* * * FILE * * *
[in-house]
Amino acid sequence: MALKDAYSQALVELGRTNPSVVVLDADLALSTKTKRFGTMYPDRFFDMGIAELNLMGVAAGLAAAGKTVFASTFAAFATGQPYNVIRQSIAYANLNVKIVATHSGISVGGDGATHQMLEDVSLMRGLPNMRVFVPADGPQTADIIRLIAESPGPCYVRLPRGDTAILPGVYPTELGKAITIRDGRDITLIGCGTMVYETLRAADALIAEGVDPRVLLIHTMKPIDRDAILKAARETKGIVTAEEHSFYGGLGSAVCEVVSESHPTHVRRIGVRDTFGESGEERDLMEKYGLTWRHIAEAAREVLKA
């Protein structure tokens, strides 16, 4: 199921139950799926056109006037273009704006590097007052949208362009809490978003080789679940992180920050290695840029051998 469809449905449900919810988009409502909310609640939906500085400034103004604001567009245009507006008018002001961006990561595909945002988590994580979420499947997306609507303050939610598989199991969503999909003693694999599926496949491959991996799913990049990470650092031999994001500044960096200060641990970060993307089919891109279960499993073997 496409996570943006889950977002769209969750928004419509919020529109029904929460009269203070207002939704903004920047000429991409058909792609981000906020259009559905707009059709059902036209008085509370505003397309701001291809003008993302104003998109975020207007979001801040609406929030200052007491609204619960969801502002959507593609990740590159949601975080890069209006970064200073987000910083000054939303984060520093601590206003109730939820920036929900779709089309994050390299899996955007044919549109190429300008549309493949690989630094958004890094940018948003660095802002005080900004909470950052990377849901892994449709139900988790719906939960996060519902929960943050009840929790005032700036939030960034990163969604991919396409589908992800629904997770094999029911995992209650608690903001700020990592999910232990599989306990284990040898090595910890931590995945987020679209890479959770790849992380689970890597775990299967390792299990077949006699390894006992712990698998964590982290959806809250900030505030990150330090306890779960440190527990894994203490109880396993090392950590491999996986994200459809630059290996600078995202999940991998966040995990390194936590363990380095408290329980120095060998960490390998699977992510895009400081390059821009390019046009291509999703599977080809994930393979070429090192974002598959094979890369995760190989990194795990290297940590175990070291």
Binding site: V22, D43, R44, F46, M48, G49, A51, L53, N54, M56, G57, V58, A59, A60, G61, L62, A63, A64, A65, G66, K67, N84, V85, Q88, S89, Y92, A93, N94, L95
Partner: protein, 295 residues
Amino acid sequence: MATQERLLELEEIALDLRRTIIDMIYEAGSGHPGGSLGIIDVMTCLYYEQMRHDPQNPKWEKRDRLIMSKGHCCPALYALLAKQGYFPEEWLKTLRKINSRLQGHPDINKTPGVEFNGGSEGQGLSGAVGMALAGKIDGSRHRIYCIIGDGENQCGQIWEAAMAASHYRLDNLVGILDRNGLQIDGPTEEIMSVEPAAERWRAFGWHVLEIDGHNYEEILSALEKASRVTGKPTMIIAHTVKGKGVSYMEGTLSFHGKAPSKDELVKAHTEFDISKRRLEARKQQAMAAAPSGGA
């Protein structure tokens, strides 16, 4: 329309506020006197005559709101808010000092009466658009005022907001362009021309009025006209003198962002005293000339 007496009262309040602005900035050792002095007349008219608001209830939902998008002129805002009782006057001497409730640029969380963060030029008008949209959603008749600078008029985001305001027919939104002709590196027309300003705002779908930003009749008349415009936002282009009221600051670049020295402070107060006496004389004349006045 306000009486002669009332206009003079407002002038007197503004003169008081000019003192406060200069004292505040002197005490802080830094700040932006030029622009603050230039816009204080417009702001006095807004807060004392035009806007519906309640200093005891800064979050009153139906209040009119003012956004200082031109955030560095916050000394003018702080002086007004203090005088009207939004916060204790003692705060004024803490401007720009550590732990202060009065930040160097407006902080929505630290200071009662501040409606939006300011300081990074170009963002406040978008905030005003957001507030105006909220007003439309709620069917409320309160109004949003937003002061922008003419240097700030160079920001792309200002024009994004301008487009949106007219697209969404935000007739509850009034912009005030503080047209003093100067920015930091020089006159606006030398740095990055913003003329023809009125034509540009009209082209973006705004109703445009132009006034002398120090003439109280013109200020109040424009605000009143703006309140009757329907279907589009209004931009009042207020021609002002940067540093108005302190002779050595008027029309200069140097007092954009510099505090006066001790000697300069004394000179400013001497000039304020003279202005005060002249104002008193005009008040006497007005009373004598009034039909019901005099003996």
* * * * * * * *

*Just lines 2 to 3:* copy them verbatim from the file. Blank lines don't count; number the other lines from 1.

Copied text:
Amino acid sequence: MALKDAYSQALVELGRTNPSVVVLDADLALSTKTKRFGTMYPDRFFDMGIAELNLMGVAAGLAAAGKTVFASTFAAFATGQPYNVIRQSIAYANLNVKIVATHSGISVGGDGATHQMLEDVSLMRGLPNMRVFVPADGPQTADIIRLIAESPGPCYVRLPRGDTAILPGVYPTELGKAITIRDGRDITLIGCGTMVYETLRAADALIAEGVDPRVLLIHTMKPIDRDAILKAARETKGIVTAEEHSFYGGLGSAVCEVVSESHPTHVRRIGVRDTFGESGEERDLMEKYGLTWRHIAEAAREVLKA
């Protein structure tokens, strides 16, 4: 199921139950799926056109006037273009704006590097007052949208362009809490978003080789679940992180920050290695840029051998 469809449905449900919810988009409502909310609640939906500085400034103004604001567009245009507006008018002001961006990561595909945002988590994580979420499947997306609507303050939610598989199991969503999909003693694999599926496949491959991996799913990049990470650092031999994001500044960096200060641990970060993307089919891109279960499993073997 496409996570943006889950977002769209969750928004419509919020529109029904929460009269203070207002939704903004920047000429991409058909792609981000906020259009559905707009059709059902036209008085509370505003397309701001291809003008993302104003998109975020207007979001801040609406929030200052007491609204619960969801502002959507593609990740590159949601975080890069209006970064200073987000910083000054939303984060520093601590206003109730939820920036929900779709089309994050390299899996955007044919549109190429300008549309493949690989630094958004890094940018948003660095802002005080900004909470950052990377849901892994449709139900988790719906939960996060519902929960943050009840929790005032700036939030960034990163969604991919396409589908992800629904997770094999029911995992209650608690903001700020990592999910232990599989306990284990040898090595910890931590995945987020679209890479959770790849992380689970890597775990299967390792299990077949006699390894006992712990698998964590982290959806809250900030505030990150330090306890779960440190527990894994203490109880396993090392950590491999996986994200459809630059290996600078995202999940991998966040995990390194936590363990380095408290329980120095060998960490390998699977992510895009400081390059821009390019046009291509999703599977080809994930393979070429090192974002598959094979890369995760190989990194795990290297940590175990070291």